This past week I had the opportunity to step out of the shop to attend USA Triathlon's Art and Science Symposium. Those of you that know me, I can be a little "geek" like when it comes to bike fitting, but I like to think I try to keep a heavy pulse on the new elements for their relative value to the field of bike fitting and concepts of coaching. That said, the reality of this trip was to acquire my ceus (continuing education units) for my USAT Coaching Certificate. Secondarily there were really good opportunities to attend and meet and hear from three schedule presenters who I have studied from a distance for nearly 10 years. To my disappointment 2 of the 3 did not make it due to the weather. The highlights of the symposium turned out to be much more valuable to my coaching interest and history and the guest key note speakers offered much more value then I ever considered. Here are a couple of notations for your potential interest:
1. Mark Allen asked, "What does it take to stay above "the line" and be capable of a win or performing to your potential?" He then showed these two videos:
The immortal Allen then asked what were the similarities? Do you see them? The similarities is the location or proximity to the finish line, 400 yards to be exact. Now, I know some of you are thinking it was more then 400 yards when the signs occurred, but where all three women began to dramatically limit performance was about 400yards from the finish. Why is this? Well, Mark Allen then added that this process could successfully be corrected, not by following better nutrition, but taking a different perspective in how to push oneself and prepare mentally (I thought this to be a unique insight). That mental advantage is to consider your mental image of crossing that finish line 100yards beyond it's actual location.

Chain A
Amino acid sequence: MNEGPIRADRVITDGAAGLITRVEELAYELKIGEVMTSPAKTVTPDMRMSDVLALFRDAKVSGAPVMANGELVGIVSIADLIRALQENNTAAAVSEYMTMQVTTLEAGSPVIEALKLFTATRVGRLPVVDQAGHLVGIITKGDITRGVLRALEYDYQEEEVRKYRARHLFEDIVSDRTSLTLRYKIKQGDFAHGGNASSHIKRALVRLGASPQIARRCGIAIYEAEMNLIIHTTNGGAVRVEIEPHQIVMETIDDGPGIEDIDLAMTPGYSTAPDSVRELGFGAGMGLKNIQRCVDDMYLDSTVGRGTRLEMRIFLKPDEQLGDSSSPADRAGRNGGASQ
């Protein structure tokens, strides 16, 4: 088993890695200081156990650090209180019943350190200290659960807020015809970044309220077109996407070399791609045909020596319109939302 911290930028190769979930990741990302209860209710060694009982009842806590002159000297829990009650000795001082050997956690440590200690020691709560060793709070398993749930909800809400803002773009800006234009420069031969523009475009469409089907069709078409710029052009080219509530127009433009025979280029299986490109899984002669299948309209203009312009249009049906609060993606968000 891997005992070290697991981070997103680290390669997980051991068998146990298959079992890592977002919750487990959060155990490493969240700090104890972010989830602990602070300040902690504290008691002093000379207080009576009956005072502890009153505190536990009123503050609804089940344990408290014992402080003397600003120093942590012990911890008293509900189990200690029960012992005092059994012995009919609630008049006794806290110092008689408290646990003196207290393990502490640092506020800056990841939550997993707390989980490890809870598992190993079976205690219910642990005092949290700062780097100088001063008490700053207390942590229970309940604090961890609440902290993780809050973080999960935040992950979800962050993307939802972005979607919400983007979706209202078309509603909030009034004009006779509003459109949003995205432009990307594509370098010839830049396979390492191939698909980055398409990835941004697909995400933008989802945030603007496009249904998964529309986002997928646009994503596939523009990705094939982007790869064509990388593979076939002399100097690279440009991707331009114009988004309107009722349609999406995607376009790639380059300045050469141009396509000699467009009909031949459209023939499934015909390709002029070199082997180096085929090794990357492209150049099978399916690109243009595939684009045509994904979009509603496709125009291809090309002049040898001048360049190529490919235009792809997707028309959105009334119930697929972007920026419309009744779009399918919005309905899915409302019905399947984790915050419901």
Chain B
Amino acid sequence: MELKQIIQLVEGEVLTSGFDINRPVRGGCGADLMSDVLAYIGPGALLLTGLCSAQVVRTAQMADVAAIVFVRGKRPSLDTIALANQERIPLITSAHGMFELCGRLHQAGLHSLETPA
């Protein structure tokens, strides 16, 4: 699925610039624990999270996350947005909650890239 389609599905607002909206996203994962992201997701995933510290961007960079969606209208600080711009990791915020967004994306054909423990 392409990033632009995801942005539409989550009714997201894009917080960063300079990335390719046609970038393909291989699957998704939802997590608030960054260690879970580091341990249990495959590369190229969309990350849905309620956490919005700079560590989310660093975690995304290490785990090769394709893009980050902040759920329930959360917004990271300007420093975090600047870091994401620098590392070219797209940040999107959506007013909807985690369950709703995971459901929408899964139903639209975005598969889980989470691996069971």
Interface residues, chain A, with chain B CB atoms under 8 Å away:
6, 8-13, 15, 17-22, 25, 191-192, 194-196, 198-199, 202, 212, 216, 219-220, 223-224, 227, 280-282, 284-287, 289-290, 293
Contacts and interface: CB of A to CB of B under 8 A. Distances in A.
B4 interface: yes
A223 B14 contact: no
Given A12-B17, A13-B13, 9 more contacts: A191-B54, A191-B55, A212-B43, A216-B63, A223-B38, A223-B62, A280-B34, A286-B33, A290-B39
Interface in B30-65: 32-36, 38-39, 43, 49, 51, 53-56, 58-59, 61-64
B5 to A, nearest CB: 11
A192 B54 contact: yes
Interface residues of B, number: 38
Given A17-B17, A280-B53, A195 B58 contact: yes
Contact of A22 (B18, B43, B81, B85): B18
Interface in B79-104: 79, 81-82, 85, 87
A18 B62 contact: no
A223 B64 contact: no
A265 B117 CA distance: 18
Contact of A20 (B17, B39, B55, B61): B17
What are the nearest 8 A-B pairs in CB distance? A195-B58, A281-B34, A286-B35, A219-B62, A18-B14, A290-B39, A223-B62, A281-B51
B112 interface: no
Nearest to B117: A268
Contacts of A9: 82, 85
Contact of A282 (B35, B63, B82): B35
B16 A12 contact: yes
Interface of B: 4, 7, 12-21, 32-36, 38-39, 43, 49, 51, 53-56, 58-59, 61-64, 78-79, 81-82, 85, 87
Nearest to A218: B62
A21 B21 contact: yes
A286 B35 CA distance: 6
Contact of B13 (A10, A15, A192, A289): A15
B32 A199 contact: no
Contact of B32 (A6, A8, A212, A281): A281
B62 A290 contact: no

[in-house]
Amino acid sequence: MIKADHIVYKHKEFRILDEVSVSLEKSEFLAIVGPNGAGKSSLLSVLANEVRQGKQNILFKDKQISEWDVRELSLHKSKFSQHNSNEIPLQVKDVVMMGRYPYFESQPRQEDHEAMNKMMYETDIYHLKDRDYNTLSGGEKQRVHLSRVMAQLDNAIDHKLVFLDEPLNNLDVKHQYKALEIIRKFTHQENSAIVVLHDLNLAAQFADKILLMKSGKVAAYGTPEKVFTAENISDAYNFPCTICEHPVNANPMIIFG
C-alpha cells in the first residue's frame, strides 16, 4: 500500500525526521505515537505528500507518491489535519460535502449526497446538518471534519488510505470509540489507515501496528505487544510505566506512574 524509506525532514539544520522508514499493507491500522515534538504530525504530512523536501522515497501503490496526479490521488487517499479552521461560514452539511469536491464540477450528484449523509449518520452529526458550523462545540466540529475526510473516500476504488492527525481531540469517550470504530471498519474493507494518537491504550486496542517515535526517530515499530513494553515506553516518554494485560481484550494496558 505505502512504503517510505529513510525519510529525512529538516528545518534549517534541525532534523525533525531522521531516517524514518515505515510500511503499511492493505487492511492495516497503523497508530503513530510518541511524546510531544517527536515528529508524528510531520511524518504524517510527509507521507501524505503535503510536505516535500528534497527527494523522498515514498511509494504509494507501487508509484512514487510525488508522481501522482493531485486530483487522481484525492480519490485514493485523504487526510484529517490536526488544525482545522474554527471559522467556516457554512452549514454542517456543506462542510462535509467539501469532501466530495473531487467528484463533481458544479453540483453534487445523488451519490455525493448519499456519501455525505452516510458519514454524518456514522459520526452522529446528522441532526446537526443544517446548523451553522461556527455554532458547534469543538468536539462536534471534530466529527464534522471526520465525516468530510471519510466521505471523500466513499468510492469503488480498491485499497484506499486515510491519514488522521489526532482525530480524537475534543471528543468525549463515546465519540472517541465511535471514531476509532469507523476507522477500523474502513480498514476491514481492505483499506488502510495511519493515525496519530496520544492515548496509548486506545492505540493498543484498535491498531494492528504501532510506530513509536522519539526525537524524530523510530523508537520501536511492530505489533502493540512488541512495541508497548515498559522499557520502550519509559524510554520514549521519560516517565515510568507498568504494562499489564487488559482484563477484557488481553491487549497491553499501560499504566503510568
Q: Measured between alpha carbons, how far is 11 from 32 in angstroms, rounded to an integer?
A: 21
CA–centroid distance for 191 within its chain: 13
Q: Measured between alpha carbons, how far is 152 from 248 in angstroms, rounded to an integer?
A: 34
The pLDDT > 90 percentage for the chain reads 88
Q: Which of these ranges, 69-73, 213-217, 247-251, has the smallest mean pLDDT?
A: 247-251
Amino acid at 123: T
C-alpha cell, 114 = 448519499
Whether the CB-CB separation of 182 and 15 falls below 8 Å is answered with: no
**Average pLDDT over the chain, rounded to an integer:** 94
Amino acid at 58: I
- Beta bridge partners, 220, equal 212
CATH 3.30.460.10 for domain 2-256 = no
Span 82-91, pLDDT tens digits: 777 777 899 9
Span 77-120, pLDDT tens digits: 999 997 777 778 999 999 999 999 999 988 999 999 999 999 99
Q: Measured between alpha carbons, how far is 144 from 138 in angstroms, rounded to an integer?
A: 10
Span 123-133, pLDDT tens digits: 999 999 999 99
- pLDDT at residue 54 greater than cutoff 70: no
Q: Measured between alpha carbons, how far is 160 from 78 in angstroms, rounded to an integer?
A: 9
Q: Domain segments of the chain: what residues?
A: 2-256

Along side this cool bit of Mark Allen's perspective I had the opportunity to meet, learn from and talk to a long time coach and athlete I grew up watching, hearing about, and learning about, Sue Enquist Coach of the UCLA Softball. My aunt is going to be jealous of this one, for those of you who don't know, I come from some what of a line of coaches.
Johan Bruyneel spoke much on his book "We Might As Well Win" and the highlight was his honest perspective of this past years tour, a nice bit of fun information. The most entertaining statement came when Tim Yount of USAT asked how would Radio Shack be able to beat Alberto Contador in the 2010 Tour, Johan's response, "How will Alberto win without me?"
Last and certainly not least was Erik Weihenmayer, who is the only blind climber to ascend Everest in a record time. Follow his link, read his book, and for heaven's sake if you get the chance to here this guy speak, do it, I promise it will be worth the time. I'm going to refer to his friend (whom he spoke of in his talk, a fellow climber) Chris as the father of "positive pessimism". Here is an example: This saddle sure is painful, at least I know I'll go numb. The idea is that you take an obviously negative situation and represent it as a positive, besides its obvious pessimism. Dan, Nick, and I laughed for 2 days off this bit of witty wisdom. Enjoy it!